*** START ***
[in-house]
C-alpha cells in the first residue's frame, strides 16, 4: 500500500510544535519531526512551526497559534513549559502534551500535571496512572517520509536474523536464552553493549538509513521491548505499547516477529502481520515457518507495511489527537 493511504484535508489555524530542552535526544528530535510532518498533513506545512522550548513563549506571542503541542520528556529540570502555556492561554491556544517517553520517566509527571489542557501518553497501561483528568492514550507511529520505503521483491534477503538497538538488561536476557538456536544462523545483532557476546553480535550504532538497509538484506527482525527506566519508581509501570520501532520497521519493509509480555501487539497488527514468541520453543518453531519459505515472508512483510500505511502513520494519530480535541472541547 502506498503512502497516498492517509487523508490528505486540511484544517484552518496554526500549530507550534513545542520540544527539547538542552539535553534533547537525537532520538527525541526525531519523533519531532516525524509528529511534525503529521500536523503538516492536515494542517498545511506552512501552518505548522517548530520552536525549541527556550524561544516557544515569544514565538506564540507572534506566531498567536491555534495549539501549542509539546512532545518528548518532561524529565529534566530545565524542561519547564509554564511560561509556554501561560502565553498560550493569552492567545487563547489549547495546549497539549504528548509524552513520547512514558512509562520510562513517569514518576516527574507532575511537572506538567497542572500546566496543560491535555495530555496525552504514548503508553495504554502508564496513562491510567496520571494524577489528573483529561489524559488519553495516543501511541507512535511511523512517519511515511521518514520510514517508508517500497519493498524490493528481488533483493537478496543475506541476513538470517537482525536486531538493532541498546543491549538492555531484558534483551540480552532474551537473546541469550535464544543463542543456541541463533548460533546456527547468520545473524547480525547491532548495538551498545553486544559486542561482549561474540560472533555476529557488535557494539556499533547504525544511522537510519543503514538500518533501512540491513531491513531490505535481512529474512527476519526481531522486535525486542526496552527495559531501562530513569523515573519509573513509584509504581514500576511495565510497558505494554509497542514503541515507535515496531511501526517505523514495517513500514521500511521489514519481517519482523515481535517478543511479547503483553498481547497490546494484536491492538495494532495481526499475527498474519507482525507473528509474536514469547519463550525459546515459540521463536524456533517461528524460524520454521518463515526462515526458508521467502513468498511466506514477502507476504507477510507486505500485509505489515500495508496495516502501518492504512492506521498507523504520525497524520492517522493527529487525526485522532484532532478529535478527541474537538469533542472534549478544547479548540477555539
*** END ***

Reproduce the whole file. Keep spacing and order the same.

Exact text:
[in-house]
C-alpha cells in the first residue's frame, strides 16, 4: 500500500510544535519531526512551526497559534513549559502534551500535571496512572517520509536474523536464552553493549538509513521491548505499547516477529502481520515457518507495511489527537 493511504484535508489555524530542552535526544528530535510532518498533513506545512522550548513563549506571542503541542520528556529540570502555556492561554491556544517517553520517566509527571489542557501518553497501561483528568492514550507511529520505503521483491534477503538497538538488561536476557538456536544462523545483532557476546553480535550504532538497509538484506527482525527506566519508581509501570520501532520497521519493509509480555501487539497488527514468541520453543518453531519459505515472508512483510500505511502513520494519530480535541472541547 502506498503512502497516498492517509487523508490528505486540511484544517484552518496554526500549530507550534513545542520540544527539547538542552539535553534533547537525537532520538527525541526525531519523533519531532516525524509528529511534525503529521500536523503538516492536515494542517498545511506552512501552518505548522517548530520552536525549541527556550524561544516557544515569544514565538506564540507572534506566531498567536491555534495549539501549542509539546512532545518528548518532561524529565529534566530545565524542561519547564509554564511560561509556554501561560502565553498560550493569552492567545487563547489549547495546549497539549504528548509524552513520547512514558512509562520510562513517569514518576516527574507532575511537572506538567497542572500546566496543560491535555495530555496525552504514548503508553495504554502508564496513562491510567496520571494524577489528573483529561489524559488519553495516543501511541507512535511511523512517519511515511521518514520510514517508508517500497519493498524490493528481488533483493537478496543475506541476513538470517537482525536486531538493532541498546543491549538492555531484558534483551540480552532474551537473546541469550535464544543463542543456541541463533548460533546456527547468520545473524547480525547491532548495538551498545553486544559486542561482549561474540560472533555476529557488535557494539556499533547504525544511522537510519543503514538500518533501512540491513531491513531490505535481512529474512527476519526481531522486535525486542526496552527495559531501562530513569523515573519509573513509584509504581514500576511495565510497558505494554509497542514503541515507535515496531511501526517505523514495517513500514521500511521489514519481517519482523515481535517478543511479547503483553498481547497490546494484536491492538495494532495481526499475527498474519507482525507473528509474536514469547519463550525459546515459540521463536524456533517461528524460524520454521518463515526462515526458508521467502513468498511466506514477502507476504507477510507486505500485509505489515500495508496495516502501518492504512492506521498507523504520525497524520492517522493527529487525526485522532484532532478529535478527541474537538469533542472534549478544547479548540477555539